Molecular, biochemical and physiological compensatory mechanisms can become operative in organisms after exposure to environmental contaminants. This may result in the inhibition or facilitation of one or more physiological mechanisms or functional and structural changes. In this sense, the use of biomarkers allows obtaining information about the biological effects of pollutants and mechanisms of action of xenobiotics on the fauna.

Several authors have proposed different definition for the term biomarkers. According to Lam and Gray (2003), biomarkers can be defined as biochemical, cellular or molecular alterations or physiological changes in the cells, body fluids, tissues or organs of an organism that are indicative of exposure or effect of a xenobiotic. Despite being older, the definition proposed by Depledge (1993 ) and Depledge et al. (1993 ) has a more comprehensive character and it is considered the most widely used nowadays: biomarkers are defined as adaptive biological responses to stressors, evidenced as biochemical, cellular, histological, physiological or behavioural alterations.

In the scope of measuring the toxic effects in the organisms at a cellular or molecular level, biomarkers represent an initial response to environmental disturbances and contamination. Therefore, they are generally considered more sensitive than the tests that measure these effects at higher levels of biological hierarchy, such as individual or population (Mc Carthy & Shugart, 1990).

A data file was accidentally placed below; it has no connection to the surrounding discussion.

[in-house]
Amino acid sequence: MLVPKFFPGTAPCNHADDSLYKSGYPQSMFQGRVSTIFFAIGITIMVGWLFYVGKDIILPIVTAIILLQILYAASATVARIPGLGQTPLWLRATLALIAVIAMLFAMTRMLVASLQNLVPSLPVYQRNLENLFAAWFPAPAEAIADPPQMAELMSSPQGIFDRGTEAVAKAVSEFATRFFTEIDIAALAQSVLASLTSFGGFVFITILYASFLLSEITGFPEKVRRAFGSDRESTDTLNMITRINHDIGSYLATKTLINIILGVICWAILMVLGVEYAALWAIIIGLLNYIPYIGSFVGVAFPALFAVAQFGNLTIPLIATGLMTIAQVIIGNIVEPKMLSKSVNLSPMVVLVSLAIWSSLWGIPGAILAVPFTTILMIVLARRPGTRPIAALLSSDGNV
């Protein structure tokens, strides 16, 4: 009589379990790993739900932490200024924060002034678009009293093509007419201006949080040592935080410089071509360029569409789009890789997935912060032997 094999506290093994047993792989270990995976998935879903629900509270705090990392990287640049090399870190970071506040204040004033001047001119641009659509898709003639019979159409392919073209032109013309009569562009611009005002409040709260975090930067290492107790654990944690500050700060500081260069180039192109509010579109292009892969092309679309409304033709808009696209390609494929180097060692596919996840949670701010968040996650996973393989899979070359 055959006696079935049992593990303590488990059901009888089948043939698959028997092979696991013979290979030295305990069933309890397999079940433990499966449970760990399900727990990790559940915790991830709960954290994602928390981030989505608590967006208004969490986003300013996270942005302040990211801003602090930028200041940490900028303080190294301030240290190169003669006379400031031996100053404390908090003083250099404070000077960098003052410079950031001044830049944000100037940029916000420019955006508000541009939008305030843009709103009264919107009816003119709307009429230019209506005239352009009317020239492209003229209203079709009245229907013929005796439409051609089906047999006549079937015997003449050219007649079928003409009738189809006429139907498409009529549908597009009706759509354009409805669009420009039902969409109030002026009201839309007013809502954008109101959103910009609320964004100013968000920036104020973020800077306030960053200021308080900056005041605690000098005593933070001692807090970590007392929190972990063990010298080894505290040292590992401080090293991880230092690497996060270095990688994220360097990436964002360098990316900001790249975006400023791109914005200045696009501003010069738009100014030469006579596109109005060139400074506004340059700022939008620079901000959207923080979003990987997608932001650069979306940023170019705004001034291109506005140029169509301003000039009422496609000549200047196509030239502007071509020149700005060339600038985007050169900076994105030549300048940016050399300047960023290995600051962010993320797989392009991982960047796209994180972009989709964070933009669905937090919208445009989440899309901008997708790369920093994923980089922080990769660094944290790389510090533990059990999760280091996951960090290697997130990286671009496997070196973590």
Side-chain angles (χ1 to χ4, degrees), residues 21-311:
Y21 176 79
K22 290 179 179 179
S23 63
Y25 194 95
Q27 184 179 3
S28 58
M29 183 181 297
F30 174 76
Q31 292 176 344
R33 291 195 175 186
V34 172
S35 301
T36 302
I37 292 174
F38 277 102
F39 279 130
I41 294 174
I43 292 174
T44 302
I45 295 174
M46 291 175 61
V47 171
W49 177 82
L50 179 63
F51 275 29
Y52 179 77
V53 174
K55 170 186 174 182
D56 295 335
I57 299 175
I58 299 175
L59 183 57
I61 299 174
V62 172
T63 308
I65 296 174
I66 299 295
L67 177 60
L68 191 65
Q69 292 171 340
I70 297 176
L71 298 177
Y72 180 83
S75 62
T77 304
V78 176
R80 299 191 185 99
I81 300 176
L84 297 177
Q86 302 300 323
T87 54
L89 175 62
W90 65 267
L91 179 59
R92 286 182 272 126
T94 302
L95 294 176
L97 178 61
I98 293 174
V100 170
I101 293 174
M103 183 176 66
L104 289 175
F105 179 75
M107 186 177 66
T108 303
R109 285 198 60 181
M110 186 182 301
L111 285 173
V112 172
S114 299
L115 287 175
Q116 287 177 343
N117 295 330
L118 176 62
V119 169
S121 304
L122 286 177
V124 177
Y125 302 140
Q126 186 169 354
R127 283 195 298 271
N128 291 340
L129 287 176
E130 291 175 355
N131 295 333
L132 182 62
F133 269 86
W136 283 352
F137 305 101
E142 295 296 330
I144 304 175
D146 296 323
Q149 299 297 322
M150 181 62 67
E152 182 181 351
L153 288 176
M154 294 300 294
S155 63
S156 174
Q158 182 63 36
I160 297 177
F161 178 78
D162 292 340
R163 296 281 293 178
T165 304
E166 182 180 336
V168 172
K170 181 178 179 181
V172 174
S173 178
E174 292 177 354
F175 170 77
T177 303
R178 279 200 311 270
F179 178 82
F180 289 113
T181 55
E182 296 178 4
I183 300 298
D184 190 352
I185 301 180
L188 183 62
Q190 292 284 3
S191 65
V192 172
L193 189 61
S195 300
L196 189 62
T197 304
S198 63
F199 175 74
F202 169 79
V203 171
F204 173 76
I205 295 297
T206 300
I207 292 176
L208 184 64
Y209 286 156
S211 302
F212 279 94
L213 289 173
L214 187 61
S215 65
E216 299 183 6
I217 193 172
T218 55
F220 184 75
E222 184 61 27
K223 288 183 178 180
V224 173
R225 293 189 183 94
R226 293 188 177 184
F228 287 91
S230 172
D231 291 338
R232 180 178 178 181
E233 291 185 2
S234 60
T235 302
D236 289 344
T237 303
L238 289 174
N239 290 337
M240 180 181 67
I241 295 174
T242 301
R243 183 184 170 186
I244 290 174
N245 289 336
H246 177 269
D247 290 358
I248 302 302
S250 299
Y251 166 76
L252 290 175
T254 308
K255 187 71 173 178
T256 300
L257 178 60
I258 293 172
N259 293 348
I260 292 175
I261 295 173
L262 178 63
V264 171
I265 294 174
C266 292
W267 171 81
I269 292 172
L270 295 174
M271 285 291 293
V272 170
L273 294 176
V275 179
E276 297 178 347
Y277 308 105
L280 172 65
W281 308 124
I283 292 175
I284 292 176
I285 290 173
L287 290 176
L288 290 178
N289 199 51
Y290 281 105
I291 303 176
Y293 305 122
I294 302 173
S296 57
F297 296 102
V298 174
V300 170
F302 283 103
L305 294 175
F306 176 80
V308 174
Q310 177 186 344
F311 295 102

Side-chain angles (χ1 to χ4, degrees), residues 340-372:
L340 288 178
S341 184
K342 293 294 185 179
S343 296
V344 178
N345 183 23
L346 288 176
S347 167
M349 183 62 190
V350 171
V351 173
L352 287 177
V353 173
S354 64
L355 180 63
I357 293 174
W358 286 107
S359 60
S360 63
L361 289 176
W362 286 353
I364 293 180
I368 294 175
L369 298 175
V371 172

Thus, during the last decades, several biomarkers have been used effectively, especially as tests for specific toxicants, since biomarkers when combined with biomonitors can create a sophisticated multiple target system to detect a variety of environmental hazards in a fast and economically feasible way, in a single test organism, helping in the establishment of priorities for action in the control of environmental pollution.

4.1. Morphological biomarkers

The detection of many classes of damage in several tissues and cellular types becomes possible by using morphological biomarkers. Such morphological alterations may provide qualitative evidences of a functional adaptation to the external environment (Meyers & Hendricks, 1985). Moreover, the qualitative assessment of such changes before the death of the organism may provide early indications of toxicity (Nogarol & Fontanetti, 2010; Triebskorn et al., 1999).

For such analysis, histology and ultrastructure are used. By these techniques it is possible to diagnose cellular and sub-cellular symptoms resulted from intoxication as well as locate symptoms of cellular death and reveal reactions in response to chronic and sub-lethal exposure in cells and tissues (Fontanetti et al., 2010; Kammenga et al., 2000).